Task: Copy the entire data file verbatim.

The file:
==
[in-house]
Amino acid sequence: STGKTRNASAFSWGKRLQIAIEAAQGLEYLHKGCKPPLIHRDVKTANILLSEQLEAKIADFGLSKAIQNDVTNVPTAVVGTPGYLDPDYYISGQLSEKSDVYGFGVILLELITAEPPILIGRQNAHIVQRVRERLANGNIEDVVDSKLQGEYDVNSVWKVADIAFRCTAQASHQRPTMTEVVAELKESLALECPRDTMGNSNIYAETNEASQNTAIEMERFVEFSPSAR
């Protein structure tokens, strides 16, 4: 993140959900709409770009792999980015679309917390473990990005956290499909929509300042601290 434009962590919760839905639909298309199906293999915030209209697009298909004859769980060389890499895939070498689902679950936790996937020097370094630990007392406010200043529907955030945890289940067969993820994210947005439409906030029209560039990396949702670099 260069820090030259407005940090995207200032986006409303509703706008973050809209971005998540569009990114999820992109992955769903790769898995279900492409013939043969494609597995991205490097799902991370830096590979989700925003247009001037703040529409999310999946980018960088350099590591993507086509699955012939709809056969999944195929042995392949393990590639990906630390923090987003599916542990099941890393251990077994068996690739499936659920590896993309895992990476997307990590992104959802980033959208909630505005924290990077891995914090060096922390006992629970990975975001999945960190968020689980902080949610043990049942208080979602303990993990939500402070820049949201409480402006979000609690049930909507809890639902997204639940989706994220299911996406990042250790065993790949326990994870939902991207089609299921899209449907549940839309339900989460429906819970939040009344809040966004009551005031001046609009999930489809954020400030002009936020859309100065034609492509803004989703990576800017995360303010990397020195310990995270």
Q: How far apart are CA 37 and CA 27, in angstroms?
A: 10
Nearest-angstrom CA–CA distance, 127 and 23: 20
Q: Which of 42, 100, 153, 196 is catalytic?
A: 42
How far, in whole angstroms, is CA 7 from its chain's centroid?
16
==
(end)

[in-house]
Amino acid sequence: STGKTRNASAFSWGKRLQIAIEAAQGLEYLHKGCKPPLIHRDVKTANILLSEQLEAKIADFGLSKAIQNDVTNVPTAVVGTPGYLDPDYYISGQLSEKSDVYGFGVILLELITAEPPILIGRQNAHIVQRVRERLANGNIEDVVDSKLQGEYDVNSVWKVADIAFRCTAQASHQRPTMTEVVAELKESLALECPRDTMGNSNIYAETNEASQNTAIEMERFVEFSPSAR
């Protein structure tokens, strides 16, 4: 993140959900709409770009792999980015679309917390473990990005956290499909929509300042601290 434009962590919760839905639909298309199906293999915030209209697009298909004859769980060389890499895939070498689902679950936790996937020097370094630990007392406010200043529907955030945890289940067969993820994210947005439409906030029209560039990396949702670099 260069820090030259407005940090995207200032986006409303509703706008973050809209971005998540569009990114999820992109992955769903790769898995279900492409013939043969494609597995991205490097799902991370830096590979989700925003247009001037703040529409999310999946980018960088350099590591993507086509699955012939709809056969999944195929042995392949393990590639990906630390923090987003599916542990099941890393251990077994068996690739499936659920590896993309895992990476997307990590992104959802980033959208909630505005924290990077891995914090060096922390006992629970990975975001999945960190968020689980902080949610043990049942208080979602303990993990939500402070820049949201409480402006979000609690049930909507809890639902997204639940989706994220299911996406990042250790065993790949326990994870939902991207089609299921899209449907549940839309339900989460429906819970939040009344809040966004009551005031001046609009999930489809954020400030002009936020859309100065034609492509803004989703990576800017995360303010990397020195310990995270």
Q: How far apart are CA 37 and CA 27, in angstroms?
A: 10
Nearest-angstrom CA–CA distance, 127 and 23: 20
Q: Which of 42, 100, 153, 196 is catalytic?
A: 42
How far, in whole angstroms, is CA 7 from its chain's centroid?
16